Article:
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2013 has been exciting for Uber as we have expanded into 38 cities globally, but more importantly, we have become one of the fastest growing companies in the state of Colorado. Since the beginning of the year, ridership in Colorado has increased 216% and the number of drivers has doubled, proof positive that Uber is solving real transportation problems for the riding public, while expanding economic opportunity and creating jobs.

However, Uber’s growth has not gone unnoticed by the Colorado Public Utilities Commission and local taxi companies who want to restrict the public’s choice for a reliable, efficient, and stylish transportation alternative. On August 2nd, 16 weeks after Administrative Law Judge Harris Adams proposed rules changes designed to protect the taxi industry, he doubled down on those efforts and recommended yet another set of rules changes to shut down Uber and restrict consumer choice.

Some of the damaging rules that ALJ Adams has recommended for adoption:

  • Uber’s pricing model will be made illegal – that is, Uber will not be able to charge by distance.
    • Specifically, “A luxury limousine may not contain a taxicab meter or other device for calculating any component of rates charged based upon time and mileage, other than a clock.”  (Sec. 6308)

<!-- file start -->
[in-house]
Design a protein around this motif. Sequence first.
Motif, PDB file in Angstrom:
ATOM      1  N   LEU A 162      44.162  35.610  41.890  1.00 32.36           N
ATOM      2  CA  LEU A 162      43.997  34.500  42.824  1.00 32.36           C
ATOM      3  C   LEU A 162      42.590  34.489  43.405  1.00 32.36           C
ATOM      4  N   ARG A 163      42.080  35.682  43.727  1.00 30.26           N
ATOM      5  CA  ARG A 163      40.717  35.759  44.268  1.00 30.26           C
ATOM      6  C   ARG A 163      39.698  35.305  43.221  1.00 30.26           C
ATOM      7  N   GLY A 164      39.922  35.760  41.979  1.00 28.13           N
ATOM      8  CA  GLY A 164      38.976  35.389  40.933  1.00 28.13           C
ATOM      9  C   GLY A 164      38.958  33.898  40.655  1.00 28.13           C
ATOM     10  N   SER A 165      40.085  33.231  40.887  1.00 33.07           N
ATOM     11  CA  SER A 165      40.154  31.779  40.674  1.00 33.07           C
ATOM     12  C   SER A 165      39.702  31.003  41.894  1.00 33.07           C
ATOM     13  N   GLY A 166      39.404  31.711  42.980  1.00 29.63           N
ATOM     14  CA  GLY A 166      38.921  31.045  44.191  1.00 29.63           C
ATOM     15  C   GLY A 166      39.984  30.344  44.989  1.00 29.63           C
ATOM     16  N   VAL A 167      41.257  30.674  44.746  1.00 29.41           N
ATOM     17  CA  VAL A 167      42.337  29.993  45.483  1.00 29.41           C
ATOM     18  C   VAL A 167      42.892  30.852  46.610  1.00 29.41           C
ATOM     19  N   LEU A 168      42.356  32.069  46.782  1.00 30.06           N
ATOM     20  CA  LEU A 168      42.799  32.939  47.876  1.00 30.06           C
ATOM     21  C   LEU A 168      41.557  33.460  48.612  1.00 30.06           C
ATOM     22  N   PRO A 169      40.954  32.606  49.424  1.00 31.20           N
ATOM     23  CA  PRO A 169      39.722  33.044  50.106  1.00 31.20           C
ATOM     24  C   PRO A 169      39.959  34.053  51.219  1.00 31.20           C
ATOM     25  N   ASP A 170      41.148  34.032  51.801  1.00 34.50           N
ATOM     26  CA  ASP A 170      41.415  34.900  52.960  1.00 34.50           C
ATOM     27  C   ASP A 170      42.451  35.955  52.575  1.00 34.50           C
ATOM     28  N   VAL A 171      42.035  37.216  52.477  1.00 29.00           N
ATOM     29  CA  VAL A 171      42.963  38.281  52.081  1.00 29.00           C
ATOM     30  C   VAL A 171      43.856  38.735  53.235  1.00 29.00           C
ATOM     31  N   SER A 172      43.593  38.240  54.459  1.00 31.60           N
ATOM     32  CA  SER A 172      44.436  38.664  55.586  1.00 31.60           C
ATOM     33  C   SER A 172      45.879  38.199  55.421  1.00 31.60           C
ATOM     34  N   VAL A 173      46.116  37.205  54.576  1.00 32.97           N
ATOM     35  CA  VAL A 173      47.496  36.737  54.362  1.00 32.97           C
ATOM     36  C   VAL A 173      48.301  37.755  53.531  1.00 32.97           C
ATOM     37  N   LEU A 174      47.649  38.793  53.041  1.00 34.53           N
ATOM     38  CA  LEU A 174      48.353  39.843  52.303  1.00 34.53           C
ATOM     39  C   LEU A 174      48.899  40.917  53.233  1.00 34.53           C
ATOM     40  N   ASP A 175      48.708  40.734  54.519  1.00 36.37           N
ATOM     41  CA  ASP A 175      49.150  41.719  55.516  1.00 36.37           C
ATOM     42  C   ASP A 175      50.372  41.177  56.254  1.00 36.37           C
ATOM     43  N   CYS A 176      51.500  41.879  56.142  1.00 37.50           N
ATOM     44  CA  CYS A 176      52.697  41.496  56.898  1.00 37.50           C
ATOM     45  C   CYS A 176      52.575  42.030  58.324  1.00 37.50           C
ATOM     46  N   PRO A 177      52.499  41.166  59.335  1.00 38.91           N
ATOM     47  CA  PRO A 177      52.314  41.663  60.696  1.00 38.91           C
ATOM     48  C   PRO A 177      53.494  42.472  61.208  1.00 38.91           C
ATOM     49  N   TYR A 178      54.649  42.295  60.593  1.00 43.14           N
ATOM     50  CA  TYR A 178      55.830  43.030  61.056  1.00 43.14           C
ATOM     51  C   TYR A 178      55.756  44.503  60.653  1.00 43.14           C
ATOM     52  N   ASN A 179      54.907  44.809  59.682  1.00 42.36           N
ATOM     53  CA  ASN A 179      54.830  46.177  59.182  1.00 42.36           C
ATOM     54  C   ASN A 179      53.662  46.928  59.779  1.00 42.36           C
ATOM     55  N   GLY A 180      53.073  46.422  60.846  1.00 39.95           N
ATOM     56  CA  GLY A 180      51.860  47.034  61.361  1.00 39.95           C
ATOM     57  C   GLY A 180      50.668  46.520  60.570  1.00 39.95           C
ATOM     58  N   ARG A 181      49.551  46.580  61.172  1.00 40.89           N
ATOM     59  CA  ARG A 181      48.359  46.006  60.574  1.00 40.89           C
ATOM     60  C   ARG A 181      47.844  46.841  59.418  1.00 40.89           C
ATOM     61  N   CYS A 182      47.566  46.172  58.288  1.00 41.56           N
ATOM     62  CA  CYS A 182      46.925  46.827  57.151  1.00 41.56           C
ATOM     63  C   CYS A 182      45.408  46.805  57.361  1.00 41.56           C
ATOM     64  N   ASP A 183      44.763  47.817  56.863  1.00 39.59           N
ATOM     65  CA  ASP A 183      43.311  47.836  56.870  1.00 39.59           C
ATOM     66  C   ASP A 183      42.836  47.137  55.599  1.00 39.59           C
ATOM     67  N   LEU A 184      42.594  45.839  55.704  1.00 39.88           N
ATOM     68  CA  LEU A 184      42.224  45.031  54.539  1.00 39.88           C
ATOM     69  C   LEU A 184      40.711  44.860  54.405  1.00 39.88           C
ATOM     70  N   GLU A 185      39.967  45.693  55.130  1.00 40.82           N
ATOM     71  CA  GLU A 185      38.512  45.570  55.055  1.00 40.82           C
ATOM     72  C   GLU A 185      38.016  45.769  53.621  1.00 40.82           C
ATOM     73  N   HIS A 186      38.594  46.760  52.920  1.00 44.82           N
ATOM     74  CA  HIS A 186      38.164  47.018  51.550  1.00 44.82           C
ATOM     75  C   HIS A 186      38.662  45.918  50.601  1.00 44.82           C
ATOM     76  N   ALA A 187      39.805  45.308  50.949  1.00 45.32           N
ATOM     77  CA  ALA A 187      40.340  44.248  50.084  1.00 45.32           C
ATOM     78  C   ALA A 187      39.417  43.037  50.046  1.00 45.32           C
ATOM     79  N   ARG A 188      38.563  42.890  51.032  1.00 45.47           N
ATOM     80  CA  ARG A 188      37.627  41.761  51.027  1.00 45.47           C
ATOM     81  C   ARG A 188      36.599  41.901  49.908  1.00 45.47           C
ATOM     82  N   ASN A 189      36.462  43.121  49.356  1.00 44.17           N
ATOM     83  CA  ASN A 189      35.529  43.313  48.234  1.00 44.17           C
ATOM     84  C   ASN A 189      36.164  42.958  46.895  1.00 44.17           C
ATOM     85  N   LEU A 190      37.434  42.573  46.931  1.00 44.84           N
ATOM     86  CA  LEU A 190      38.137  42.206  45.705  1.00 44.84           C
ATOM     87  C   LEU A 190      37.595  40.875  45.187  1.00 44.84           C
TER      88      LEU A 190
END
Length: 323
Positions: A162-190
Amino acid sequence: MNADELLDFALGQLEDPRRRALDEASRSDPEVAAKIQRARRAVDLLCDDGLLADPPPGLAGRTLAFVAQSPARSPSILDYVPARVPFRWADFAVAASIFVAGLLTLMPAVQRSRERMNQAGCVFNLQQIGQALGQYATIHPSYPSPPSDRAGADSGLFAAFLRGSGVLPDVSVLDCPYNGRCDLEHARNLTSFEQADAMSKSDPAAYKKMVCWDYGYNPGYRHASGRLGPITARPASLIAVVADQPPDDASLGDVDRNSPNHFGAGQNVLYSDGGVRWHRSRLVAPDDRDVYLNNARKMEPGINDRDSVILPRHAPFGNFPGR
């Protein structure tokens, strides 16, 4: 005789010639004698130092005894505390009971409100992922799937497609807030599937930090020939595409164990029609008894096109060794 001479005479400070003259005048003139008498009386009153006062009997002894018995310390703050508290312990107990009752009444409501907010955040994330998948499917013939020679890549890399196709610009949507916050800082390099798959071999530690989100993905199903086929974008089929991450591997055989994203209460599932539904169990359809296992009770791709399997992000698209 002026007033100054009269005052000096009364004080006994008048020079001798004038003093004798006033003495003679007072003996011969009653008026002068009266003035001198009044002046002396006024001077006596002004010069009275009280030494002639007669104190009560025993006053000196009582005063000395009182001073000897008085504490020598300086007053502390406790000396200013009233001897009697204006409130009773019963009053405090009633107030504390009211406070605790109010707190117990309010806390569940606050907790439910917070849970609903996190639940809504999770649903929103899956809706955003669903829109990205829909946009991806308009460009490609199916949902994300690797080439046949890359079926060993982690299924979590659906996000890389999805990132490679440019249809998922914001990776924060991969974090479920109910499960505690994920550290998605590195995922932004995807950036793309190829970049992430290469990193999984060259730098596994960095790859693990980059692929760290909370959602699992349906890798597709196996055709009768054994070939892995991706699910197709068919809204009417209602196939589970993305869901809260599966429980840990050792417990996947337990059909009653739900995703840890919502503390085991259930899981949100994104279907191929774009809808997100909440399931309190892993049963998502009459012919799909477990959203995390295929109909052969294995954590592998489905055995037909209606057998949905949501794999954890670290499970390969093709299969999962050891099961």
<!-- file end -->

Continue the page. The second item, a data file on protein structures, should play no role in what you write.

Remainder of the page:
• This is akin to telling a hotel it is illegal to charge by the night.
  • Drivers working with Uber will be effectively banned from downtown — this rule will make it illegal for a luxury limousine to station itself “within 100 feet of a hotel, motel, restaurant, bar, a taxicab stand designated by local government…” (Sec. 6309)
    • Taxi protectionism – hard at work – designed to restrict consumer choice and efficiency.

Uber riders throughout the Front Range have made their voices heard through 1,000s of emails of support; the Denver Post has resoundingly endorsed Uber as a valuable source of competition for a market ripe for innovation and change; and the FTC has filed comments discouraging the rules proposed by ALJ Adams, comments that were completely ignored.

The Commission will hear our appeal in support of choice and a competitive marketplace where the free market – not regulators – will decide winners.

As a state, we’re at a crossroads – do we want to be a place that welcomes innovation, entrepreneurship, job creation and technology? Or do we want to be a place where the most sophisticated way we can measure commerce is simply a clock?

Colorado is a growing state, full of potential for even greater prosperity. Uber remains ever hopeful and confident that the Commission will side with progress and dismiss these rules changes upon appeal.

Much #UberDenverLove,

Will McCollum
Uber Denver General Manager